• When the next tenant moves into my house they will call B4RN and get the Internet the same day (if not hour). I had to wait nearly 3 weeks for Openreach to come and enable FTTC on my line. This in an area with no mobile internet.

Phones

You might have noticed that B4RNs connection is entirely an internet connection. This means that to use a traditional landline phone you have 2 options.

  1. Keep paying BT line rental for your copper phone line.
  2. Get a VOIP system.

I went for option 2 as have most B4RN customers I know. Vonage for £8.50 a month provide a pretty good deal that has all the fancy extras like caller line ID, call waiting, and call blocking.

In Summary

B4RN is amazing. The future of rural internet in the UK seems better than the cities. Now that this fibre network exists it can be upgraded easily without the need to replace the cables. I have heard from B4RN staff that they tested a 10Gb/S connection with no issues.

B4RN is a community project, the way they are funded and operate means that they can never be brought by another company. Which alleviates the concern of BT buying them, adding a couple of 0s to the price and killing it off so we have to go back to paying them for copper.

Its taken a few years to get to this this point and I read loads of articles from BT fans (yes they do exist) saying that there was no way this would work but it’s here and getting bigger all the time. Other B4RN like projects popping up all over the country now with B4RN providing the knowledge and expertise to help them get going.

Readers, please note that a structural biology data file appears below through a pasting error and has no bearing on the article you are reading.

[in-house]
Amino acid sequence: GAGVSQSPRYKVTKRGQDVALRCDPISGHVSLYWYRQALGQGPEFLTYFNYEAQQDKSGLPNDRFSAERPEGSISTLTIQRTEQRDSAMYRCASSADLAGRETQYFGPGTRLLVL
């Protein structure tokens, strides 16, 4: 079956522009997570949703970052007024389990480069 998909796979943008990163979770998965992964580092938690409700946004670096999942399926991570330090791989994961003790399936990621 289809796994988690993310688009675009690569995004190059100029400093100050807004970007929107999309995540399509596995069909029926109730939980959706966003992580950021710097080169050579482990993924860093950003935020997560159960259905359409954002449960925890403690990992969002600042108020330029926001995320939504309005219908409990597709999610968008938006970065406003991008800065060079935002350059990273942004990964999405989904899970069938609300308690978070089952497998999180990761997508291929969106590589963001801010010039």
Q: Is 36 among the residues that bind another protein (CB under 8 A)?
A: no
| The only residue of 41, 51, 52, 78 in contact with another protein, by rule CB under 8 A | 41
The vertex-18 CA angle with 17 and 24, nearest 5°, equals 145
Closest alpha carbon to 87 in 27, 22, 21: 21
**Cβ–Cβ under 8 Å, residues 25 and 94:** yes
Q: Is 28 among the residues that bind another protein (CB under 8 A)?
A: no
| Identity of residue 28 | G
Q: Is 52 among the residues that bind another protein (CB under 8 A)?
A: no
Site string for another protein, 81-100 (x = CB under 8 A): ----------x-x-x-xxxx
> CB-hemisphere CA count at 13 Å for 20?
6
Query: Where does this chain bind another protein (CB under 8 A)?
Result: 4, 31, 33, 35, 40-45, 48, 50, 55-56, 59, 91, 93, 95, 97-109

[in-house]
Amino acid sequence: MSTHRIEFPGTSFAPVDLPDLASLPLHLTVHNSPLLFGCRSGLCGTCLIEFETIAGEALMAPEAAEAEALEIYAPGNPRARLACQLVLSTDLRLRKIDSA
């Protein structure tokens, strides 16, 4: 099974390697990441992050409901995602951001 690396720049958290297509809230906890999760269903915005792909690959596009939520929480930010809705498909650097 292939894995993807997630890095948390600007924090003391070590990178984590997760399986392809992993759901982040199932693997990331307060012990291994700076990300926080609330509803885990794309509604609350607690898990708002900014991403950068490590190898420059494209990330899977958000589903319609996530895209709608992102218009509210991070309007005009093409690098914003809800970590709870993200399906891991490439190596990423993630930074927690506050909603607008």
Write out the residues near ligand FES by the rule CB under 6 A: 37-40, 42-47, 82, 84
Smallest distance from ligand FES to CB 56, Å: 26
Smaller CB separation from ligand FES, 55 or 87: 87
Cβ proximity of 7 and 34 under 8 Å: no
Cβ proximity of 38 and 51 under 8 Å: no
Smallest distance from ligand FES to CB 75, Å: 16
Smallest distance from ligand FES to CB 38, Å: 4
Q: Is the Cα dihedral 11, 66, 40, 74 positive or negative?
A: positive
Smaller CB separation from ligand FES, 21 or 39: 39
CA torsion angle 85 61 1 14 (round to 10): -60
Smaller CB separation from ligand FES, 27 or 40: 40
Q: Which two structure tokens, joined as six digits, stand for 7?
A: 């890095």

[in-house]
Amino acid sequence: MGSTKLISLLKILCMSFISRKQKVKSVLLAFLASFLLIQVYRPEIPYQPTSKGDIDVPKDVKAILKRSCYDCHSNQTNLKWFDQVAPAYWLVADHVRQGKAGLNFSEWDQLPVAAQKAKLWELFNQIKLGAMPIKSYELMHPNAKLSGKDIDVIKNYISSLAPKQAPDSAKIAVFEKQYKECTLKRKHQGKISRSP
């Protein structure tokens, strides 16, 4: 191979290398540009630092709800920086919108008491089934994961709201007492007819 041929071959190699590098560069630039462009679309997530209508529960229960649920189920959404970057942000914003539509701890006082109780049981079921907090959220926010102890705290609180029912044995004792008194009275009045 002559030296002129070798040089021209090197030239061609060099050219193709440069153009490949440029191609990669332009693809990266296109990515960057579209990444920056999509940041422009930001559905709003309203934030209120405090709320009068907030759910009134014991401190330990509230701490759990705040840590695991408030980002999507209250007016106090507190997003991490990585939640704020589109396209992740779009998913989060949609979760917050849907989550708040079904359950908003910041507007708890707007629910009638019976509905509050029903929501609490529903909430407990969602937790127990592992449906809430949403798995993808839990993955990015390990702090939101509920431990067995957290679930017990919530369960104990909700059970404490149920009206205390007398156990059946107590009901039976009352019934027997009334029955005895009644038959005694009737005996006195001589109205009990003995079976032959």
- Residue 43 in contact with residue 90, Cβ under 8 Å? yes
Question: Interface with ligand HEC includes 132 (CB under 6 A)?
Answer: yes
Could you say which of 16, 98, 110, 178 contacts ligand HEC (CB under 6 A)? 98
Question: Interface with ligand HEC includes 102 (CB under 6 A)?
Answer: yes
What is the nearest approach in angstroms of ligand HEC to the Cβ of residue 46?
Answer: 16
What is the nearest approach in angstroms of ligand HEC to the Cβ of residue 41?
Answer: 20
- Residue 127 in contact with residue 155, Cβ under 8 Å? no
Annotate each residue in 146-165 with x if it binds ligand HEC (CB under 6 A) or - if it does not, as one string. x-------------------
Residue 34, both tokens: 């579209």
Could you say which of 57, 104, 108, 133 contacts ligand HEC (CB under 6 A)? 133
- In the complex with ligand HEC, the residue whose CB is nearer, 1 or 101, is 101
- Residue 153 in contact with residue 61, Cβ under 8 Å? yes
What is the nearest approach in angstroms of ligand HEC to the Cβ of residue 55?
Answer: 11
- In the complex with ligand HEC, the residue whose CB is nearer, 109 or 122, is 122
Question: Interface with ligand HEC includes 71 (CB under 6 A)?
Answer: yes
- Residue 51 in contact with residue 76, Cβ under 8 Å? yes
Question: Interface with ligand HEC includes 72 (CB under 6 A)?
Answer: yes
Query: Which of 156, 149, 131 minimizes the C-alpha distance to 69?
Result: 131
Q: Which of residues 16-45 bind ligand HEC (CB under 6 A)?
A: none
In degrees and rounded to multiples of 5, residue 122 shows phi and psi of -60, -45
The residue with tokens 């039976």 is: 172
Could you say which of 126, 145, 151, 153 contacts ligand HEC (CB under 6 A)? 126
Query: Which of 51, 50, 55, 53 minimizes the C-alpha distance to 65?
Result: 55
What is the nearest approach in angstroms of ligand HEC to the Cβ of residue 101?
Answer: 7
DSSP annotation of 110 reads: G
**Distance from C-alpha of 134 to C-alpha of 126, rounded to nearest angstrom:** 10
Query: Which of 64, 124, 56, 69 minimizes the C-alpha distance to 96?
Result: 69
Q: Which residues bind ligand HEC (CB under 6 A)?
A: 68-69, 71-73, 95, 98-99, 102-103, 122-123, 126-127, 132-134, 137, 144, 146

BT have good reason to be concerned. It’s no accident that they rushed the FTTC upgrade in the B4RN area and I have no doubt why I got offered 70Mb/S VDSL for £35 including line rental if I took out a 2-year contract. Their problem is that not only is their service a lot slower they have a reputation for the worst customer experience possible. I often describe them as a beacon of inefficiency and they frequently appear to only improve service because OFCOM (the regulator) tell them to.

For now, I’m not getting the full speed as I’m using cables I terminated myself inside the house and it appears that 1Gb/S network cards have been lying, hiding behind slower HDD speeds and upstream connections. I remember running my first speed test (below) and being disappointed. Only 634Mb/S download? That’s only 63.4% of my total. 634Mb/S is still an insane speed to get in your house, and of course, this means my Xbox plugged directly into the B4RN router can use 400Mb/S without my computer noticing.

Not 1Gb/S but still impressive.

For more info head over to the B4RN Website. We have been working with B4RN in some of the schools we support more on that here.

B4RN
Tagged on:

Leave a Reply

Your email address will not be published. Required fields are marked *